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A Guide to LawsuitsPrintE-mailPDF

A lawsuit is the process of resolving a dispute in court. ‘Civil’ cases are disputes between two parties, either individuals, companies or governments. “Criminal” cases always involve the state prosecuting someone for a crime.


There are several kinds of courts. The state and the federal government each have a court system. Most cases are in the state court system. Cases that involve up to $30,0000, as well as evictions, are handled in a ‘Municipal Court’ or a ‘County Court.’ ‘Small Claims Court’ is a special division of these courts. It handles smaller disputes with simpler procedures and at less cost. Larger cases and divorces are handled in the ‘Court of Common Pleas.’ Probate court and Juvenile Court handle specialized matters. These are all trial courts.

If you are dissatisfied with a decision of a trial court, you can appeal to the Court of Appeals. Appeals are not new trials. The Court of Appeals reviews the record and evidence from the trial court for legal errors. In Ohio, the Supreme Court hears appeals from all the Courts of Appeal.

The federal court system is similar to the state court system. It hears cases involving federal law and disputes that occur across state lines.


The person who files a lawsuit is called a ‘plaintiff.’ The plaintiff claims that another person owes him some legal duty, usually to pay money. The person being sued is called the ‘defendant.’ People ask a court for help by filing papers called ‘pleadings.’ The first pleading is called a "complaint". It sets out the plaintiff’s claim. It also asks the court to make an order. The complaint is filed with the clerk of the court.

The Clerk arranges for the complaint to be given to or "served on" the defendant. Usually, the complaint is send by certified mail. Or a court official, such as a sheriff or special process server, can deliver it. If this doesn't get the complaint to the defendant, other steps can be taken.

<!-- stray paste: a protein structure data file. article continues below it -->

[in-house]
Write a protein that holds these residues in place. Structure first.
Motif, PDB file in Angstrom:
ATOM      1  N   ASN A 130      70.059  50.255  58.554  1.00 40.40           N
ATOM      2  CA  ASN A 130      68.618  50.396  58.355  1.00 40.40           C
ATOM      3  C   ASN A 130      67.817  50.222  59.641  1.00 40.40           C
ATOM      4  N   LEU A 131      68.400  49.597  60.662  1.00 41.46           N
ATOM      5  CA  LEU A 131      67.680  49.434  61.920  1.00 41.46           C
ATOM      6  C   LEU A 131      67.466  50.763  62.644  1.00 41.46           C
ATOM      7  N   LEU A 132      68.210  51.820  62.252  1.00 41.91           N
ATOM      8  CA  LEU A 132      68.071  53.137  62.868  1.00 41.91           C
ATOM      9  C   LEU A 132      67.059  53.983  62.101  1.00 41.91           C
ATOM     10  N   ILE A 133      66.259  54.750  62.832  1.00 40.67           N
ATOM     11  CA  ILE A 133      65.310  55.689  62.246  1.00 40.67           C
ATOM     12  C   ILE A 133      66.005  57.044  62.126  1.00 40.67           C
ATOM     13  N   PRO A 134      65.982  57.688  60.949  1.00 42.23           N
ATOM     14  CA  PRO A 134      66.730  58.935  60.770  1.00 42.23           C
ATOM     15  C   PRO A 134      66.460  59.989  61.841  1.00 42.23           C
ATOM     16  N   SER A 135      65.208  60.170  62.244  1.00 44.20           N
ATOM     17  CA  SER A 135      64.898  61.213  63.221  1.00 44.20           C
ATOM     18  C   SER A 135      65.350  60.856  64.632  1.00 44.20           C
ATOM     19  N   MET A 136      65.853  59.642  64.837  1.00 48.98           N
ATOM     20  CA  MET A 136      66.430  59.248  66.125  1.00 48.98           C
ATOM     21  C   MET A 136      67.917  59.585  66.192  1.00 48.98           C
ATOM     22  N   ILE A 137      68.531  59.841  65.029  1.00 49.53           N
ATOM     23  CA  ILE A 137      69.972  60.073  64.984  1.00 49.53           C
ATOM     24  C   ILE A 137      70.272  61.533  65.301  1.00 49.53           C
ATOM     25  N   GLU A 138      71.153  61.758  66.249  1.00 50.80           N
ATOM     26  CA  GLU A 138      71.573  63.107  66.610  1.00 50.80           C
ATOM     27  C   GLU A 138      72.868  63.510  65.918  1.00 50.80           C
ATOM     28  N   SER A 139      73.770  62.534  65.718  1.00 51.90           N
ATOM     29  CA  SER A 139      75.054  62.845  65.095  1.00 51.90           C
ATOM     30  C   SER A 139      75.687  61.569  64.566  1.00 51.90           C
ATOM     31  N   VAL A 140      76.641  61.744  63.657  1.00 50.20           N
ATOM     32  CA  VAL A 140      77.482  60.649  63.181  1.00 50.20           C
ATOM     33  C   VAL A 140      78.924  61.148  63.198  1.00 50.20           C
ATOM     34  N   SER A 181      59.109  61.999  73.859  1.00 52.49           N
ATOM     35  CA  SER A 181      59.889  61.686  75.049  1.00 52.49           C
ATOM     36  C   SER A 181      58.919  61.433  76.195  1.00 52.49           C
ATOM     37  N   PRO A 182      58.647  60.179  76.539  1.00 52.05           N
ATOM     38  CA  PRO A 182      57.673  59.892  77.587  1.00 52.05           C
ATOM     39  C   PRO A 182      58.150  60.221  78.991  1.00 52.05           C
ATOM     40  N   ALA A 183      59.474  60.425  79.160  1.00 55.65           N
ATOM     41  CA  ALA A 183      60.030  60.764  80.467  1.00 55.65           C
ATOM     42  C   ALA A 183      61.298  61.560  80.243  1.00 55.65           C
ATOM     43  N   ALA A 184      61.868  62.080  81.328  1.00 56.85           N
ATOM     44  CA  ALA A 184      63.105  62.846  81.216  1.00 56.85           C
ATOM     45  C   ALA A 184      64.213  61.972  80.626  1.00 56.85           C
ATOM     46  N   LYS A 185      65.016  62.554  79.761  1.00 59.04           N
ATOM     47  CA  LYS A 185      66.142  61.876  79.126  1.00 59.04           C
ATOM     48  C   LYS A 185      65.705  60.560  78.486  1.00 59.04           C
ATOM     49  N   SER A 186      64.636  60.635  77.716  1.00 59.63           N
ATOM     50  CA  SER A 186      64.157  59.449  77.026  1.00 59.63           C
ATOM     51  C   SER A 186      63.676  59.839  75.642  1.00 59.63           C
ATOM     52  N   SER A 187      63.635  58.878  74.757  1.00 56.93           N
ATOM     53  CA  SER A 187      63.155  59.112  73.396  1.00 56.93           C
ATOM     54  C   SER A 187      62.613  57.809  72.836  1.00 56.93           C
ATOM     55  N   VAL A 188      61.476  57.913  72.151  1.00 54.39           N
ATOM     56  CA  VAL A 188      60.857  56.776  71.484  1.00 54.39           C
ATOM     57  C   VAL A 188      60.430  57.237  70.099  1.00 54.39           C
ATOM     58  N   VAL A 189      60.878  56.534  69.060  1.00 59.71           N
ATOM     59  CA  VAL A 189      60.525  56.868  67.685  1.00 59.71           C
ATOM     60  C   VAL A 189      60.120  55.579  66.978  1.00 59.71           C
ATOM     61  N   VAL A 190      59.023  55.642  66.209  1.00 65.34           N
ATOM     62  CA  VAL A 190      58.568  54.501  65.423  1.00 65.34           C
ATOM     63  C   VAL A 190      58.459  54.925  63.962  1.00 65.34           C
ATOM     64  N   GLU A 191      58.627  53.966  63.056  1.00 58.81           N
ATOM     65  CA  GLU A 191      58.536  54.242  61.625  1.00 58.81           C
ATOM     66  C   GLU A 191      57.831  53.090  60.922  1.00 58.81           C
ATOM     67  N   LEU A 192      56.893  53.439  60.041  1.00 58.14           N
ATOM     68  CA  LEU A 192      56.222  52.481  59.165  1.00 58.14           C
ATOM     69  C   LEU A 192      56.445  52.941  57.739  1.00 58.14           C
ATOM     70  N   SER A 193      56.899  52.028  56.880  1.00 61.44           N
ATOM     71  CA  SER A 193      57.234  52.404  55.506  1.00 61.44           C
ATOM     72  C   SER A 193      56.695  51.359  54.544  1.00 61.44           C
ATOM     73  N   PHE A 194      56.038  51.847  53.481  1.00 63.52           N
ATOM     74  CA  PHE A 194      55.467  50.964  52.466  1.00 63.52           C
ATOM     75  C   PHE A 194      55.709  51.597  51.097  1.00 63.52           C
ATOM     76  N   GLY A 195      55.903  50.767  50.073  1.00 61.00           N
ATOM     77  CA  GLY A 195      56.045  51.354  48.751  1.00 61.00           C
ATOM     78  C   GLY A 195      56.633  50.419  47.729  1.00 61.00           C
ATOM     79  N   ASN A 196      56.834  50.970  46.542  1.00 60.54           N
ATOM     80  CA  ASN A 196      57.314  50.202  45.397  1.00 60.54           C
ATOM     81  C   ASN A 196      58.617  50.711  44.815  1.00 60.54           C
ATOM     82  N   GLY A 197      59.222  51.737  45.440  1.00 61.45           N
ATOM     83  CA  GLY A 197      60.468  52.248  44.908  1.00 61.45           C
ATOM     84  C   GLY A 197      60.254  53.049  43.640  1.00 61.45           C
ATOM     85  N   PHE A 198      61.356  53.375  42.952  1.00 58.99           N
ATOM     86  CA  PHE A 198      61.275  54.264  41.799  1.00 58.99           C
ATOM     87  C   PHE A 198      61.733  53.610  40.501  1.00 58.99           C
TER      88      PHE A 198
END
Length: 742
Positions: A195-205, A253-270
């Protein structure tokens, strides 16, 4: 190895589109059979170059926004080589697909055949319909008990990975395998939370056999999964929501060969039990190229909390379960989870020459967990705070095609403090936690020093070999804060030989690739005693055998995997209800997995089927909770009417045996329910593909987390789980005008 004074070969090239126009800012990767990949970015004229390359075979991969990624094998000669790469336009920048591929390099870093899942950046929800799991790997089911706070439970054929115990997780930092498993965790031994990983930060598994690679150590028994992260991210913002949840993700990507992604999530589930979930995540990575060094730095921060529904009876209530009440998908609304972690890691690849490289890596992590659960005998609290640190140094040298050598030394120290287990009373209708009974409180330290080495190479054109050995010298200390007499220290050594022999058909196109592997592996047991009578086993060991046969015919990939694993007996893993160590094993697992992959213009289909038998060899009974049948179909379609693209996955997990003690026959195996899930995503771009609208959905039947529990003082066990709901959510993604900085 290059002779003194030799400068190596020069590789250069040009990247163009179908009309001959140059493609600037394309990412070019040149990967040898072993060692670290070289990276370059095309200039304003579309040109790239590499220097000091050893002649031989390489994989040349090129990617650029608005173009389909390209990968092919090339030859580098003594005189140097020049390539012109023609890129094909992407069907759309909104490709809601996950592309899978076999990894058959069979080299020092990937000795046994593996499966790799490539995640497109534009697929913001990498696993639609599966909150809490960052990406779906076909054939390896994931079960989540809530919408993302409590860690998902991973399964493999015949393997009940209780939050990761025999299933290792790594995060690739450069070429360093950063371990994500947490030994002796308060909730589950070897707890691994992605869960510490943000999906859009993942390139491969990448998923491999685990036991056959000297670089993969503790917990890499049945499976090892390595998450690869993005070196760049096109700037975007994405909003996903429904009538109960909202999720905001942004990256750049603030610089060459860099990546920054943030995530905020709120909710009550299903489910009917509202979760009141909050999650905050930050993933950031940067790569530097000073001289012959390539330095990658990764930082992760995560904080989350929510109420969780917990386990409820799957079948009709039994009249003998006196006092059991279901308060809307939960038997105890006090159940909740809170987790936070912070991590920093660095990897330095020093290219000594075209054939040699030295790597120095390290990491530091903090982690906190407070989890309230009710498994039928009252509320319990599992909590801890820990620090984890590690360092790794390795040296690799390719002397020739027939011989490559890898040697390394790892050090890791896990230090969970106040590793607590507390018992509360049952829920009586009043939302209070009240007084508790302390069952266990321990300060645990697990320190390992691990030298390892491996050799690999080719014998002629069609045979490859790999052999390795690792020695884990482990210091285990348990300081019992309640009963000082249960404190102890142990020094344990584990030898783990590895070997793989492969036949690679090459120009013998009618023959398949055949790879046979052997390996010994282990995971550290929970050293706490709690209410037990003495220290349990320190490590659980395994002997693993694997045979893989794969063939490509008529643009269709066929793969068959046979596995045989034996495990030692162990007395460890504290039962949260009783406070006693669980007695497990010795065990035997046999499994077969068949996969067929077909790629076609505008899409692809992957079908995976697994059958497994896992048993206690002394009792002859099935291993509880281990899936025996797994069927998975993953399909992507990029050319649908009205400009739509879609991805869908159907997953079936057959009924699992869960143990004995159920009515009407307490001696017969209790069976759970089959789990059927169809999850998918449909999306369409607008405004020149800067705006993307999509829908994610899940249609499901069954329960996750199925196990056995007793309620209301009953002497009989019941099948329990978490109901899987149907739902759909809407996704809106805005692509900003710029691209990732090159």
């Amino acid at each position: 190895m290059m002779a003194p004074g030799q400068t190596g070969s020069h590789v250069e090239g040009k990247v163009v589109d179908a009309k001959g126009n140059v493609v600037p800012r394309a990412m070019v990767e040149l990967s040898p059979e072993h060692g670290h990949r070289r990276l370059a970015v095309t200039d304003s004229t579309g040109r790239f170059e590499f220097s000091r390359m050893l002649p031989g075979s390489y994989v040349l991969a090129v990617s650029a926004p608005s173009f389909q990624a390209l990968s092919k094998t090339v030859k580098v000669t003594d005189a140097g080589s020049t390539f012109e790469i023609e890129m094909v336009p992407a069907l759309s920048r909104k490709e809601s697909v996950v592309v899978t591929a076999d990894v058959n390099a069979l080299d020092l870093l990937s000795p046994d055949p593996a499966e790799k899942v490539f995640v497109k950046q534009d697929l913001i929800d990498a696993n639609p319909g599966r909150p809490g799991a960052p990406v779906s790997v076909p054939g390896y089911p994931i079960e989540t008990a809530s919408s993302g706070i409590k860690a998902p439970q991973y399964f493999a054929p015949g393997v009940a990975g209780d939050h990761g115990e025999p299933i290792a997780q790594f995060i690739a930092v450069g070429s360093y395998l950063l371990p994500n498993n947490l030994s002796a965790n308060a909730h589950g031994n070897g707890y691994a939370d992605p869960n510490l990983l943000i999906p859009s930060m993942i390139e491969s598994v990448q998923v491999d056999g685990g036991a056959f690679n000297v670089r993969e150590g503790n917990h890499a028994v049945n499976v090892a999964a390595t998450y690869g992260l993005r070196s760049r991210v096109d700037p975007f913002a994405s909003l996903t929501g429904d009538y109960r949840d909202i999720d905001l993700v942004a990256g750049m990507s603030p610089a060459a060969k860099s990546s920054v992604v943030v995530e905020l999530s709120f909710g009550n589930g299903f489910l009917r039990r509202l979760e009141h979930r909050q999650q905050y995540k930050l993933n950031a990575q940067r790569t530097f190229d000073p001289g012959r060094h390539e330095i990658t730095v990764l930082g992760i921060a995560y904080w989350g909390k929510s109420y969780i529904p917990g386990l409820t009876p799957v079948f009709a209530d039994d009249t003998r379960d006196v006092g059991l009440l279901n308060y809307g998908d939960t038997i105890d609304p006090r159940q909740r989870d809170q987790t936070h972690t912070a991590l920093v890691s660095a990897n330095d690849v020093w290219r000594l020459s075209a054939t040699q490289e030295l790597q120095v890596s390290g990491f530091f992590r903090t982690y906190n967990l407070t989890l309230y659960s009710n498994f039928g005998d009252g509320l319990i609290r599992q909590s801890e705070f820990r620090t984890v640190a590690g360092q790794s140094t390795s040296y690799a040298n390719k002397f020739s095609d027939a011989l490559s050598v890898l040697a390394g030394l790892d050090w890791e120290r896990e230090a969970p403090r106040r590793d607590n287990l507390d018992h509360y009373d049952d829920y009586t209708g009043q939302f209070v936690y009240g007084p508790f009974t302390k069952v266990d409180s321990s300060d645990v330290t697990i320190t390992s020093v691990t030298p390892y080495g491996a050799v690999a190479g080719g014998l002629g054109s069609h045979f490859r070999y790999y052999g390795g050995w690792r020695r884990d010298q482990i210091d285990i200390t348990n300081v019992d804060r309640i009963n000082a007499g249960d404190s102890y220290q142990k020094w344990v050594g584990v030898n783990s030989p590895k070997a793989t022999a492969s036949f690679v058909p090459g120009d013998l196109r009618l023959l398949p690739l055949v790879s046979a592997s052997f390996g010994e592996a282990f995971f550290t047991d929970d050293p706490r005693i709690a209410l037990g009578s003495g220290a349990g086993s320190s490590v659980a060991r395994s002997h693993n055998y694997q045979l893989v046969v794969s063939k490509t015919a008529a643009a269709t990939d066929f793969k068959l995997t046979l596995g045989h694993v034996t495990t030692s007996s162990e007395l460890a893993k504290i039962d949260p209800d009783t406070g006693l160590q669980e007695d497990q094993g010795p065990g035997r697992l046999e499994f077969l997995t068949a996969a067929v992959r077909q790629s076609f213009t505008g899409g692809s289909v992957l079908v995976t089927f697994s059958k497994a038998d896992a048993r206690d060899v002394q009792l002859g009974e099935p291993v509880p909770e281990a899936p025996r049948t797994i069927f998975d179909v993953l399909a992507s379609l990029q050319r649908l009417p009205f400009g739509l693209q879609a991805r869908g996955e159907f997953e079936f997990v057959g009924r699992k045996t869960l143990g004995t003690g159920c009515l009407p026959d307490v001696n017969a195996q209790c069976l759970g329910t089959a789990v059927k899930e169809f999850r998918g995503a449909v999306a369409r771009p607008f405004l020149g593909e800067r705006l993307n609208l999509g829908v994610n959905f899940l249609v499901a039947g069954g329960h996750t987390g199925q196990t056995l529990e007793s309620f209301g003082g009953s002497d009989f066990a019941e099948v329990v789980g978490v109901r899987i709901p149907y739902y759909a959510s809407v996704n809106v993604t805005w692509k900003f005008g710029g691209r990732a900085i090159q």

After being served, the defendant has 28 days to file a written ‘answer’ responding to the complaint. (Evictions and small claims are different in that a trial date is set.) If no answer is filed, the plaintiff can get a court order winning the case, which is called a ‘judgment.’ If the defendant files an answer disagreeing with the plaintiff, the case remains open for further action.

DISCOVERY Each side in a case has the right to find out facts about the other side's case. This process is called ‘discovery.’ There are several ways of doing discovery: written questions called ‘interrogatories;’ ask that they ‘produce documents;’ ask questions of witnesses under oath called ‘depositions;’ or ask them to ‘admit’ certain facts. Each side can request discovery; the law requires each side to cooperate.

MOTIONS Before trial, one side or the other may ask the judge to rule on a legal point or request temporary orders.. This is done by filing a ‘motion.’ A motion may have a ‘memorandum’ which tells the judge about laws and other court decisions that show the motion is correct. Sometimes there is an ‘affidavit,’ a statement sworn to under oath. The other side may also submit a memorandum. There are all kinds of motions. Some may seek to force the other side cooperate with discovery, to protect or limit evidence, or to ‘continue’ or postpone a trial date.